In voting systems, independence of irrelevant alternatives is the property some voting systems have that, if one option (X) wins the election, and a new alternative (Y) is added, only X or Y will win the election. In single winner systems it is formally defined as:
If every voter's preference between X and Y remains unchanged, then the group's preference between X and Y will also remain unchanged with the addition of a new candidate
Adding irrelevant (non-winning) candidates should not be able to change the election results. The only time when adding candidates can change the election results is when they change the election result to one in which they are one of the winners.
Any voting method which passes the majority criterion in the two-candidate case will fail IIA, because of the Condorcet paradox. Certain voting methods only do so when all voters are strategic (i.e. Approval voting, Score voting, and Majority Judgment); they are guaranteed to fail IIA under those particular circumstances (see the below Implications section).
Condorcet methods necessarily fail this criterion, although some, such as Ranked Pairs, satisfy a related but weaker criterion known as local independence of irrelevant alternatives. Borda count, Coombs' method, and Instant-runoff voting fail.
Range voting, approval voting, and majority judgment satisfy the criterion if the voters grade or rate the candidates on an absolute scale that doesn't depend on who is in the running. Note that this means no voter can normalize their ballot, and so in a two-candidate election the majority can't vote strategically to make their preferred candidate win.
Arrow's impossibility theorem states that no voting system can satisfy universal domain, non-imposition, non-dictatorship, unanimity, and independence of irrelevant alternatives. Since universal domain implies that the method is an ordinal method, the impossibility theorem only applies to ordinal voting. In practice, this means that no deterministic ranked ballot system can satisfy independence of irrelevant alternatives without either having a dictator (whose ballot decides who wins no matter the other ballots), failing to elect a candidate that the whole electorate ranks first, or rendering one or more outcomes impossible no matter the ballots.
A simple example
Let's say that we have a majoritarian ranked ballot method. With an election that's a Condorcet cycle (rock-paper-scissors situation), like this:
25: A>B>C 40: B>C>A 35: C>A>B
at least one of A, B or C must be elected (or have a chance of winning the election if the method is nondeterministic). There are thus three cases:
- Case 1: A is elected. IIA is violated because the 75% who prefer C over A would elect C if B were not a candidate.
- Case 2: B is elected. IIA is violated because the 60% who prefer A over B would elect A if C were not a candidate.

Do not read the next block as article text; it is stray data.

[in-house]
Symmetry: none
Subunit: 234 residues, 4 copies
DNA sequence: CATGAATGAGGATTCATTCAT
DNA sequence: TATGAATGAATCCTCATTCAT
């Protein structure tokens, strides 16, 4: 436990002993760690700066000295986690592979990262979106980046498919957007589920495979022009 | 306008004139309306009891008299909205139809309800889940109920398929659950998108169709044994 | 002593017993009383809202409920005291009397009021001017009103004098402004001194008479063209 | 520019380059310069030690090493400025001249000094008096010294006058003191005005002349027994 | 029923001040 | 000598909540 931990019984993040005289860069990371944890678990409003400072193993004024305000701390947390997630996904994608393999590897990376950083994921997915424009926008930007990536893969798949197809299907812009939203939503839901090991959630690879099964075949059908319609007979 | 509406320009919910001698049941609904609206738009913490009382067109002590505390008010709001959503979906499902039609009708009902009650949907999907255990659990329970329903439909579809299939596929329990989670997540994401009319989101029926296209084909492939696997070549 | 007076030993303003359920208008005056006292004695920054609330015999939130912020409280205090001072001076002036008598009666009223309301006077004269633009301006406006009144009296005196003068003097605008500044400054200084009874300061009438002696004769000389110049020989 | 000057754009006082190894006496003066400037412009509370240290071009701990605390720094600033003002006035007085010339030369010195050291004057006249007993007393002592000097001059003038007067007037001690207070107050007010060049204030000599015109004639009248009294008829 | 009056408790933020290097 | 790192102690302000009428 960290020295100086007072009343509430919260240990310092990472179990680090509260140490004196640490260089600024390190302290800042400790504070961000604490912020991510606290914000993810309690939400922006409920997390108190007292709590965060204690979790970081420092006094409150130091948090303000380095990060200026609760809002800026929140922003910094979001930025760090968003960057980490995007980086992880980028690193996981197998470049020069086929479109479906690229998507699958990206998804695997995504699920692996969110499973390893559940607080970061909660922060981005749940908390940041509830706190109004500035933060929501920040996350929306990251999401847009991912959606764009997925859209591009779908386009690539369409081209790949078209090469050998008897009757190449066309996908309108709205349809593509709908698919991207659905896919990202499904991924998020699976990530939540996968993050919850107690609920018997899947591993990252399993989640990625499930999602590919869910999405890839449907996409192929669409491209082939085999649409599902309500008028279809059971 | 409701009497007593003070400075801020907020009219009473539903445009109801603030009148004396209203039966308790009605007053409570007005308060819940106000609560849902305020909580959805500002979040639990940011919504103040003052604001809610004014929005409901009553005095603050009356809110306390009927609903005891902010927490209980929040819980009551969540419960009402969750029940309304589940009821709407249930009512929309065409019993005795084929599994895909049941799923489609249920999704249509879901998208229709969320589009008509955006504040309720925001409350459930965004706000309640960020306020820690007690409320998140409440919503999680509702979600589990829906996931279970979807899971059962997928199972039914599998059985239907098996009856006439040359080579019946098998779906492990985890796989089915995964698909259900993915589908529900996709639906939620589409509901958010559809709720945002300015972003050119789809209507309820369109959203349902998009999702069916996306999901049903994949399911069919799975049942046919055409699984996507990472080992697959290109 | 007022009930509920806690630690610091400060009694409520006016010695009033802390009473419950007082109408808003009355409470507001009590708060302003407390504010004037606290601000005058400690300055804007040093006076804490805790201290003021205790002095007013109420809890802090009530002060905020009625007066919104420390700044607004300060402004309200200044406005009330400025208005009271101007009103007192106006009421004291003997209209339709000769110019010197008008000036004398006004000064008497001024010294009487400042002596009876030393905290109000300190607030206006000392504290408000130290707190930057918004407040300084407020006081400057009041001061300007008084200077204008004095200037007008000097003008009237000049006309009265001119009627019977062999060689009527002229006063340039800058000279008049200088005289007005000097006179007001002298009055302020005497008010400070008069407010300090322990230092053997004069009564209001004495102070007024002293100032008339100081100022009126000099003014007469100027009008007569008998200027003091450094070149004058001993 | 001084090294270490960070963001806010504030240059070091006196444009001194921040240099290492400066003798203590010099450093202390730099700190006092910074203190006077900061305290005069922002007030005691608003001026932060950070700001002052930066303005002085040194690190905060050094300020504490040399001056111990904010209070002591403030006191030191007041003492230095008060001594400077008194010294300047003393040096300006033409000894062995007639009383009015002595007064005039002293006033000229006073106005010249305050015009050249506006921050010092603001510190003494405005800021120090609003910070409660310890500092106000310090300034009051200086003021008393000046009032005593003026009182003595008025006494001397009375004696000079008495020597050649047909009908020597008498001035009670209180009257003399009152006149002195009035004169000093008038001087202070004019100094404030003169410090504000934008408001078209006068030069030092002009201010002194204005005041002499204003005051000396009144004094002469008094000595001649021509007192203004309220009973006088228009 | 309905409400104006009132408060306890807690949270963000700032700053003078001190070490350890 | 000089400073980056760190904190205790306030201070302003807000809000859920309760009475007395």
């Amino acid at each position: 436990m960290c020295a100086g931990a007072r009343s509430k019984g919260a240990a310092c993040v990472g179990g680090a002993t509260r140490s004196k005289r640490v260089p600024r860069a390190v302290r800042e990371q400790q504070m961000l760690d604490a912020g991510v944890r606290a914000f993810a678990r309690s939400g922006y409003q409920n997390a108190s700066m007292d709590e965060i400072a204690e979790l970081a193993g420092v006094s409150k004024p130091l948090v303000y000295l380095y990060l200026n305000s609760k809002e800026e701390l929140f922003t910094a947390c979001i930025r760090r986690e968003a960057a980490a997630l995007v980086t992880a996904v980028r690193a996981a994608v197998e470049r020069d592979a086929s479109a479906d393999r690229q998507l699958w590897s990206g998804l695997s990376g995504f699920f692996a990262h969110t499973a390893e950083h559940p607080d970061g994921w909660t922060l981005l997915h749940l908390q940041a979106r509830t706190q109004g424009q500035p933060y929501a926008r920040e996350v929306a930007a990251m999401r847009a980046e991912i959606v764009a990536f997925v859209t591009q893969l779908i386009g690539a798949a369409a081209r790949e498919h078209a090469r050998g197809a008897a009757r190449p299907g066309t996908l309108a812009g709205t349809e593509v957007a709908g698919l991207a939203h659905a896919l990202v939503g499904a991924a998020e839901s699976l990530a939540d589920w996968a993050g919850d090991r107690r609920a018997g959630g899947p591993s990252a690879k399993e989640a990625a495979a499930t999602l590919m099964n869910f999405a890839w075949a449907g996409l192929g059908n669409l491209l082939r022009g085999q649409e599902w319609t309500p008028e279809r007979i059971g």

- Case 3: C is elected. IIA is violated because the 65% who prefer B over C would elect B if A were not a candidate.
No matter who wins, the method can be made to fail IIA.
To mitigate the reach of IIA failures, less strict properties have been proposed (some of which are incompatible with IIA):
- Independence of Smith-dominated alternatives (ISDA) and Independence of covered alternatives
- Independence of Pareto-dominated alternatives (IPDA)
- Local independence of irrelevant alternatives (LIIA), which says that if the alternative ranked first or last in the outcome is removed, the relative ordering of the other alternatives in the outcome must not change. Kemeny-Young and Ranked Pairs satisfies this criterion, but the Schulze method does not.
- Woodall's Weak IIA: If x is elected, and one adds a new calternative y ahead of x on some of the ballots on which x was first preference (and nowhere else), then either x or y should be elected.
An anecdote which illustrates a violation of this property has been attributed to Sidney Morgenbesser:
After finishing dinner, Sidney Morgenbesser decides to order dessert. The waitress tells him he has two choices: apple pie and blueberry pie. Sidney orders the apple pie. After a few minutes the waitress returns and says that they also have cherry pie at which point Morgenbesser says "In that case I'll have the blueberry pie."
IIA implies two things:
- A voter may change their preference between A and B without impacting the race between B and C.
- A candidate can enter or drop out of the election without changing the result (unless they win in one of the cases).
The second implication is strongly disputed for voting methods that pass IIA. It requires assuming voters won't change their preferences when the set of alternatives expands or contracts; with something like Score voting, this means no voters can do normalization. A commonly used example is that if a candidate that a voter finds terrible enters the race, and is likely to win, then the voter has an incentive to do Min-max voting. An example can be found at the Election Science site.
Voting systems which are not independent of irrelevant alternatives suffer from strategic nomination considerations.